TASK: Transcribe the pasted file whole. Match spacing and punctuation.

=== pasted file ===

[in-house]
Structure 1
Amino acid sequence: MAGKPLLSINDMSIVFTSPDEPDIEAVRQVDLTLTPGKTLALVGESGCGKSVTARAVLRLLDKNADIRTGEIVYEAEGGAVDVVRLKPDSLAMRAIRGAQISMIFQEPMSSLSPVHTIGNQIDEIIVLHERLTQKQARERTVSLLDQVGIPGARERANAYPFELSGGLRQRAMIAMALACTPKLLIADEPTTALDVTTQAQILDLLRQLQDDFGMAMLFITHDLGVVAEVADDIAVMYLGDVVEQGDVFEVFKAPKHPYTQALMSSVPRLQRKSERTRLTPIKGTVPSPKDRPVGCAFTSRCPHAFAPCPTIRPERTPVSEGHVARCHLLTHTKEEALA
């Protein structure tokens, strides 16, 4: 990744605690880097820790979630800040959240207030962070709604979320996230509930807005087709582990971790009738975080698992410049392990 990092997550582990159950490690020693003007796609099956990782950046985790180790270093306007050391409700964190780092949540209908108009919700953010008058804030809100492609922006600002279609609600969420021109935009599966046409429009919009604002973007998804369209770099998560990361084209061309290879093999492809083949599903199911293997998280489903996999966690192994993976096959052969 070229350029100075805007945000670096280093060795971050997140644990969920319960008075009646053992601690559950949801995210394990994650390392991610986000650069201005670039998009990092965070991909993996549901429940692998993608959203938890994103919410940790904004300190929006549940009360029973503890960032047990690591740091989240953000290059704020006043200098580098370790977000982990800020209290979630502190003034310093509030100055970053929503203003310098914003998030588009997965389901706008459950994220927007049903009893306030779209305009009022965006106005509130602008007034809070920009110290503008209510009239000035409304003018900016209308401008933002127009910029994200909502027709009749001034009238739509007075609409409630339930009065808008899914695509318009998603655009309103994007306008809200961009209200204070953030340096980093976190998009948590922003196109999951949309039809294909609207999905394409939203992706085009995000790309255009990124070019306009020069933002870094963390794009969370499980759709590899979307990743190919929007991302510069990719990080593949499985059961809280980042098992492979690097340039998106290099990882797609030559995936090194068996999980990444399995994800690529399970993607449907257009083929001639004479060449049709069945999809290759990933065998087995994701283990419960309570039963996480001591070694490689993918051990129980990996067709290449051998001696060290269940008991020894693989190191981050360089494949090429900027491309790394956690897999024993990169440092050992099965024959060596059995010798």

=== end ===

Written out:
[in-house]
Structure 1
Amino acid sequence: MAGKPLLSINDMSIVFTSPDEPDIEAVRQVDLTLTPGKTLALVGESGCGKSVTARAVLRLLDKNADIRTGEIVYEAEGGAVDVVRLKPDSLAMRAIRGAQISMIFQEPMSSLSPVHTIGNQIDEIIVLHERLTQKQARERTVSLLDQVGIPGARERANAYPFELSGGLRQRAMIAMALACTPKLLIADEPTTALDVTTQAQILDLLRQLQDDFGMAMLFITHDLGVVAEVADDIAVMYLGDVVEQGDVFEVFKAPKHPYTQALMSSVPRLQRKSERTRLTPIKGTVPSPKDRPVGCAFTSRCPHAFAPCPTIRPERTPVSEGHVARCHLLTHTKEEALA
């Protein structure tokens, strides 16, 4: 990744605690880097820790979630800040959240207030962070709604979320996230509930807005087709582990971790009738975080698992410049392990 990092997550582990159950490690020693003007796609099956990782950046985790180790270093306007050391409700964190780092949540209908108009919700953010008058804030809100492609922006600002279609609600969420021109935009599966046409429009919009604002973007998804369209770099998560990361084209061309290879093999492809083949599903199911293997998280489903996999966690192994993976096959052969 070229350029100075805007945000670096280093060795971050997140644990969920319960008075009646053992601690559950949801995210394990994650390392991610986000650069201005670039998009990092965070991909993996549901429940692998993608959203938890994103919410940790904004300190929006549940009360029973503890960032047990690591740091989240953000290059704020006043200098580098370790977000982990800020209290979630502190003034310093509030100055970053929503203003310098914003998030588009997965389901706008459950994220927007049903009893306030779209305009009022965006106005509130602008007034809070920009110290503008209510009239000035409304003018900016209308401008933002127009910029994200909502027709009749001034009238739509007075609409409630339930009065808008899914695509318009998603655009309103994007306008809200961009209200204070953030340096980093976190998009948590922003196109999951949309039809294909609207999905394409939203992706085009995000790309255009990124070019306009020069933002870094963390794009969370499980759709590899979307990743190919929007991302510069990719990080593949499985059961809280980042098992492979690097340039998106290099990882797609030559995936090194068996999980990444399995994800690529399970993607449907257009083929001639004479060449049709069945999809290759990933065998087995994701283990419960309570039963996480001591070694490689993918051990129980990996067709290449051998001696060290269940008991020894693989190191981050360089494949090429900027491309790394956690897999024993990169440092050992099965024959060596059995010798």